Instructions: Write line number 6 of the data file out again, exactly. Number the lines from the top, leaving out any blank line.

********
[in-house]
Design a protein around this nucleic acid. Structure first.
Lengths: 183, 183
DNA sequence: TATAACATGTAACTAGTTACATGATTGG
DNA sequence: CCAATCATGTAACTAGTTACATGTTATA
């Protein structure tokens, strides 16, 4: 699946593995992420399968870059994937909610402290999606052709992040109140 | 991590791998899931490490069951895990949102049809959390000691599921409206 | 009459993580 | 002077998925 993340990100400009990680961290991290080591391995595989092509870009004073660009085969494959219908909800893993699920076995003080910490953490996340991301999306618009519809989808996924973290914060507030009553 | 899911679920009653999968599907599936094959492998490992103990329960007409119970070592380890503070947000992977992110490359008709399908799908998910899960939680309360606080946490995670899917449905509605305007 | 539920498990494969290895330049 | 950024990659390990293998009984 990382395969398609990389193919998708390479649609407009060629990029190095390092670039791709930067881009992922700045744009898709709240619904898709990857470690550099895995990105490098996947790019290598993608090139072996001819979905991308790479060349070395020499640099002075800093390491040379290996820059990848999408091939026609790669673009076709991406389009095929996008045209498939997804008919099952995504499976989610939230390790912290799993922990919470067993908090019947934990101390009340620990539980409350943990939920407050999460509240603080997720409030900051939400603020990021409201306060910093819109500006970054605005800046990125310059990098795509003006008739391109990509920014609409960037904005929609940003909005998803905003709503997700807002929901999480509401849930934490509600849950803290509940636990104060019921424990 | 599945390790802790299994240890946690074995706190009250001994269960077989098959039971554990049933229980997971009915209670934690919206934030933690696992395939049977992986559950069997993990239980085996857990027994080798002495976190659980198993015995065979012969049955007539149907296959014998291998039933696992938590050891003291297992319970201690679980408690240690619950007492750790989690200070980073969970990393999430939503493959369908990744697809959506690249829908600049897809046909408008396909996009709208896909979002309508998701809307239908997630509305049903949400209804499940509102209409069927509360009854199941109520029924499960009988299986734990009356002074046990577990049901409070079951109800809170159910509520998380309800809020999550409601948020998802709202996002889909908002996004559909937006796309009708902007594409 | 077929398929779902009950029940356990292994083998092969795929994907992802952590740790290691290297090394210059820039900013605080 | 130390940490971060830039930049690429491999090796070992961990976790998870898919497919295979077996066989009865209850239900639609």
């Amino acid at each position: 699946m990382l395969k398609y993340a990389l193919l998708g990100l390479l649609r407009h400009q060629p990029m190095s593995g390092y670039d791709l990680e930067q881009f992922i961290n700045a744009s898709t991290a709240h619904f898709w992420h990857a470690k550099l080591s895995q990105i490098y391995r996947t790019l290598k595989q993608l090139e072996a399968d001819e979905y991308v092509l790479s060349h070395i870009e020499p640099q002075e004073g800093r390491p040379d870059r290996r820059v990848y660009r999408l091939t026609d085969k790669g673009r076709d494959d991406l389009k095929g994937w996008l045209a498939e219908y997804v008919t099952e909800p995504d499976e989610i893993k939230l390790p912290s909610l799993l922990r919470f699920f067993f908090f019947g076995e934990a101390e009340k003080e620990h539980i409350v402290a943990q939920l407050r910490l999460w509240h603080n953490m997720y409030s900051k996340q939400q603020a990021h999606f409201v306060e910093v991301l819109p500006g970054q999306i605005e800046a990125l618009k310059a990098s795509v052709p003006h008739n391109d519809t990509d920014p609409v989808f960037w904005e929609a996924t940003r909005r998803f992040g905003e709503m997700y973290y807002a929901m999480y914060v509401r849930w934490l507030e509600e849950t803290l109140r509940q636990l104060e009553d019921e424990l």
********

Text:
């Protein structure tokens, strides 16, 4: 699946593995992420399968870059994937909610402290999606052709992040109140 | 991590791998899931490490069951895990949102049809959390000691599921409206 | 009459993580 | 002077998925 993340990100400009990680961290991290080591391995595989092509870009004073660009085969494959219908909800893993699920076995003080910490953490996340991301999306618009519809989808996924973290914060507030009553 | 899911679920009653999968599907599936094959492998490992103990329960007409119970070592380890503070947000992977992110490359008709399908799908998910899960939680309360606080946490995670899917449905509605305007 | 539920498990494969290895330049 | 950024990659390990293998009984 990382395969398609990389193919998708390479649609407009060629990029190095390092670039791709930067881009992922700045744009898709709240619904898709990857470690550099895995990105490098996947790019290598993608090139072996001819979905991308790479060349070395020499640099002075800093390491040379290996820059990848999408091939026609790669673009076709991406389009095929996008045209498939997804008919099952995504499976989610939230390790912290799993922990919470067993908090019947934990101390009340620990539980409350943990939920407050999460509240603080997720409030900051939400603020990021409201306060910093819109500006970054605005800046990125310059990098795509003006008739391109990509920014609409960037904005929609940003909005998803905003709503997700807002929901999480509401849930934490509600849950803290509940636990104060019921424990 | 599945390790802790299994240890946690074995706190009250001994269960077989098959039971554990049933229980997971009915209670934690919206934030933690696992395939049977992986559950069997993990239980085996857990027994080798002495976190659980198993015995065979012969049955007539149907296959014998291998039933696992938590050891003291297992319970201690679980408690240690619950007492750790989690200070980073969970990393999430939503493959369908990744697809959506690249829908600049897809046909408008396909996009709208896909979002309508998701809307239908997630509305049903949400209804499940509102209409069927509360009854199941109520029924499960009988299986734990009356002074046990577990049901409070079951109800809170159910509520998380309800809020999550409601948020998802709202996002889909908002996004559909937006796309009708902007594409 | 077929398929779902009950029940356990292994083998092969795929994907992802952590740790290691290297090394210059820039900013605080 | 130390940490971060830039930049690429491999090796070992961990976790998870898919497919295979077996066989009865209850239900639609």